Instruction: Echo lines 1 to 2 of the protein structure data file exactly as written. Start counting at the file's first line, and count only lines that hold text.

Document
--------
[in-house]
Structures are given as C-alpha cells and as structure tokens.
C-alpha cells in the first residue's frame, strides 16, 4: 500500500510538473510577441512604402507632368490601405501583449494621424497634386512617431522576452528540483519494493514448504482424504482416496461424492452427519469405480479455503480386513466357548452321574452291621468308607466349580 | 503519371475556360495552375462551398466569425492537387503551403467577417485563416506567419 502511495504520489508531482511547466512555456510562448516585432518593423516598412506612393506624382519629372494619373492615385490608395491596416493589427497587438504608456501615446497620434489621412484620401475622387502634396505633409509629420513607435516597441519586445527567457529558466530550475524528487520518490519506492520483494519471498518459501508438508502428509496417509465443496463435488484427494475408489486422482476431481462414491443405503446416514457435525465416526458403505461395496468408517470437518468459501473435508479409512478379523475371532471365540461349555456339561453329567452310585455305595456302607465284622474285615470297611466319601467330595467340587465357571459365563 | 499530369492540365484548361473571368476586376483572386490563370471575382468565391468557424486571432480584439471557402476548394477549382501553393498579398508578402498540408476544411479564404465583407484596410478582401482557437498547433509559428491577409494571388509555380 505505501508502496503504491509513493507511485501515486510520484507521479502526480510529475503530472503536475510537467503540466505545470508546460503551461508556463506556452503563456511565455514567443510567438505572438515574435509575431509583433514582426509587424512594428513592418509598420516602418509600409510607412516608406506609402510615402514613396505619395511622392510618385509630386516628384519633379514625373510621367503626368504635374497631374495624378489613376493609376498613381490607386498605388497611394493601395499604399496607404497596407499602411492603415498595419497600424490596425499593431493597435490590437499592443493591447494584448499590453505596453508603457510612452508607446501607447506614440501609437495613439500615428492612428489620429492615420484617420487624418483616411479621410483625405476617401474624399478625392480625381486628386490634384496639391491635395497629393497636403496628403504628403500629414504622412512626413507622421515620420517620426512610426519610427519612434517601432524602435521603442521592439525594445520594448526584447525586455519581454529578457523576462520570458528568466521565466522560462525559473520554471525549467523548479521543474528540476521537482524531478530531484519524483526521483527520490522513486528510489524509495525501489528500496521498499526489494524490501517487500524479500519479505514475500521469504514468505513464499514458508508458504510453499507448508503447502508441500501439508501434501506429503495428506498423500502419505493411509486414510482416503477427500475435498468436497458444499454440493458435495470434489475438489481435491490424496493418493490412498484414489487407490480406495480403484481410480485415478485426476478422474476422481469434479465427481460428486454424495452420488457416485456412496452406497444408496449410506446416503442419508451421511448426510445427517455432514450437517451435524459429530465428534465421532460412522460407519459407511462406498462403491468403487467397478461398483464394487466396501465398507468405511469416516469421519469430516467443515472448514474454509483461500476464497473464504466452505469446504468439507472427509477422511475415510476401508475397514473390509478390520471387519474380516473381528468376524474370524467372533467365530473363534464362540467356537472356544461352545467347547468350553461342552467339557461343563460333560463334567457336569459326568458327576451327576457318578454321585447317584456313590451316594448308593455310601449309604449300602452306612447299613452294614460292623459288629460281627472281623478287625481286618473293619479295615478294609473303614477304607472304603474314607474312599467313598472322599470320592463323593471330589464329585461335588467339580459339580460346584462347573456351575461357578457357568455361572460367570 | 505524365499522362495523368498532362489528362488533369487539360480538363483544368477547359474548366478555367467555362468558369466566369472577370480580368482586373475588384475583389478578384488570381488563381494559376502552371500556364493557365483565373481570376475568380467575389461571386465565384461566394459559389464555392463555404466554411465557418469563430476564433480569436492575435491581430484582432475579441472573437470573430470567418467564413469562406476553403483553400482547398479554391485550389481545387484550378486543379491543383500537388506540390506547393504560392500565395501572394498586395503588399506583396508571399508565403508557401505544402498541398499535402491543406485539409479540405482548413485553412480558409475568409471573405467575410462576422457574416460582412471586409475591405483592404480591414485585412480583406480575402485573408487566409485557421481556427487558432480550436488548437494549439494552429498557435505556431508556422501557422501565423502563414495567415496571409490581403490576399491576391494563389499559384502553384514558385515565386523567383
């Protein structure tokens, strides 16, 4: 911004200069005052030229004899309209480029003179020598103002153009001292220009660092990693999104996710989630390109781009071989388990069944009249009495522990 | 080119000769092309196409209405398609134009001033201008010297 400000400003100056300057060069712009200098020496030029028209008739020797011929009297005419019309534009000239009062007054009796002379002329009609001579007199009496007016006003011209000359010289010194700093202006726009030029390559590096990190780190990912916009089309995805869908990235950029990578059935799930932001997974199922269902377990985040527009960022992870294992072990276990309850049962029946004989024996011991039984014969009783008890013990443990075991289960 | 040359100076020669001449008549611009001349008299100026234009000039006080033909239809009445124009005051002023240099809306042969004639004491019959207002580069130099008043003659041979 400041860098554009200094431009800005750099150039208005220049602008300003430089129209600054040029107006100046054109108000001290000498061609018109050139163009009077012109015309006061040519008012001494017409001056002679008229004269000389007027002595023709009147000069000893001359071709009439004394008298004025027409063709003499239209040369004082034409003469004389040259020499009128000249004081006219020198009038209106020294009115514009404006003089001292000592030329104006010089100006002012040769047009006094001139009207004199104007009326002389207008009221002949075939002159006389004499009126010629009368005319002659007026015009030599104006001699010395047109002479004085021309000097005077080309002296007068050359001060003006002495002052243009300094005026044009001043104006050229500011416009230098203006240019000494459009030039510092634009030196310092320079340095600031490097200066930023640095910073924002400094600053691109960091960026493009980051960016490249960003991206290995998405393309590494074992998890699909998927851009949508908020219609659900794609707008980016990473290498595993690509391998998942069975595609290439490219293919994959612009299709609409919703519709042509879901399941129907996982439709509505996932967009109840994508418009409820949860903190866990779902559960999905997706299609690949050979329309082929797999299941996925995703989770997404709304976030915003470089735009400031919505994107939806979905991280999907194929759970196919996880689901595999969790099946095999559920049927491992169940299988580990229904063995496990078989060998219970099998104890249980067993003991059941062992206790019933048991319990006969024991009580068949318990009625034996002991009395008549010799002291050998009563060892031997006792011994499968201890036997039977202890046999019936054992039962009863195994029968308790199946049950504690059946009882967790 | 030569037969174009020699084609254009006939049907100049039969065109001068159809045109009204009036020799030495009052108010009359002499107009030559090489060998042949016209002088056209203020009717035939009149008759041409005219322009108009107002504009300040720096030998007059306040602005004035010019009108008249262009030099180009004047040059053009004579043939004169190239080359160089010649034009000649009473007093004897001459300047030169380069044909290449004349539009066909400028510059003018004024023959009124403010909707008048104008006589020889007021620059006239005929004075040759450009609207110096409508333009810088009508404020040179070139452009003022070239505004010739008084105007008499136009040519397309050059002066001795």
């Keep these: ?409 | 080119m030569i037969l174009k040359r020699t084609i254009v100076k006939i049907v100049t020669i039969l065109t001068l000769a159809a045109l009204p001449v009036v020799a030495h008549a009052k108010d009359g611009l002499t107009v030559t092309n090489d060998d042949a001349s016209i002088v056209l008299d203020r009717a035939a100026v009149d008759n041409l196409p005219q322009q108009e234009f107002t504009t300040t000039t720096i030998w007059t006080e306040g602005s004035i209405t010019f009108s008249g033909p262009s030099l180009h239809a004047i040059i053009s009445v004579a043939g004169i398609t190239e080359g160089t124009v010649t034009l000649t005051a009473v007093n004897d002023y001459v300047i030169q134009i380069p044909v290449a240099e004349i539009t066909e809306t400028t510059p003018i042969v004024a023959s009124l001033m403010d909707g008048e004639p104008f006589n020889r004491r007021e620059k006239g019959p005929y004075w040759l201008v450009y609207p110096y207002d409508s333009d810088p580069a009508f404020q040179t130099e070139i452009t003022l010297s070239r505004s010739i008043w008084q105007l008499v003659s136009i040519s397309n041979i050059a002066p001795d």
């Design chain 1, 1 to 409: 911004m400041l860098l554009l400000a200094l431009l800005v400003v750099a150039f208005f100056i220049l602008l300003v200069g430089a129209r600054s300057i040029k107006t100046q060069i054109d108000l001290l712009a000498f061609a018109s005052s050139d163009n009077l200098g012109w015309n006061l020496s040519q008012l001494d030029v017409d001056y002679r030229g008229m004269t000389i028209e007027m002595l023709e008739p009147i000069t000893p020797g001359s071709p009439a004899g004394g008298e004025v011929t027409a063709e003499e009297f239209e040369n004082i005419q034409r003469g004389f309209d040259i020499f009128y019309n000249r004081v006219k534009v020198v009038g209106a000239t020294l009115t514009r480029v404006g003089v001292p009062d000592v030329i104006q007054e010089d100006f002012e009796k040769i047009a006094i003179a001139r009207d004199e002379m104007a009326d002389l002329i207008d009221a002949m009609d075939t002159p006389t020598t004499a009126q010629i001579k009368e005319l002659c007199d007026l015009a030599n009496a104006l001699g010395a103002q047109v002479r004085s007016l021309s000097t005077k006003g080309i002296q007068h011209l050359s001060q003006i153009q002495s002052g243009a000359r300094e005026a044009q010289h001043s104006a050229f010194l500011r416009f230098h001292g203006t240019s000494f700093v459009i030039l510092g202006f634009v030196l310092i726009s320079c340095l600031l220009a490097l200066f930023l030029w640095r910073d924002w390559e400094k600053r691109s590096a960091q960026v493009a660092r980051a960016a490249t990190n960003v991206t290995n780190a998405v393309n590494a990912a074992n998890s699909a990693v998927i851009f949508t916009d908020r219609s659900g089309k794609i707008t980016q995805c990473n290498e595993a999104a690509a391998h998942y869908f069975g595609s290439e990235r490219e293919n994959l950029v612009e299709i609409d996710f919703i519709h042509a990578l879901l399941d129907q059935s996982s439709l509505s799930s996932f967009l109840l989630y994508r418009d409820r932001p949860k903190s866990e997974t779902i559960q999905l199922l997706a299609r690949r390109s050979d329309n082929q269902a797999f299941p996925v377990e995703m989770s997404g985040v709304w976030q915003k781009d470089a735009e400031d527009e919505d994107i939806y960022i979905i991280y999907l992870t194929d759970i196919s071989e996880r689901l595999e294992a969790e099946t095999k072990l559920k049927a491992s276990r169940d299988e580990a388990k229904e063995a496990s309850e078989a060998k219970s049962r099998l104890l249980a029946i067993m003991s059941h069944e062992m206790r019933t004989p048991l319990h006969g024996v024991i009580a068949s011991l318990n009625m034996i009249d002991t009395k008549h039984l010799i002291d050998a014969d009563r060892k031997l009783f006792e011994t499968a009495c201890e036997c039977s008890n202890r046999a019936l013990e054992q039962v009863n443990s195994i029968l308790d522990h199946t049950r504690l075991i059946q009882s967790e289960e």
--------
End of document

[in-house]
Structures are given as C-alpha cells and as structure tokens.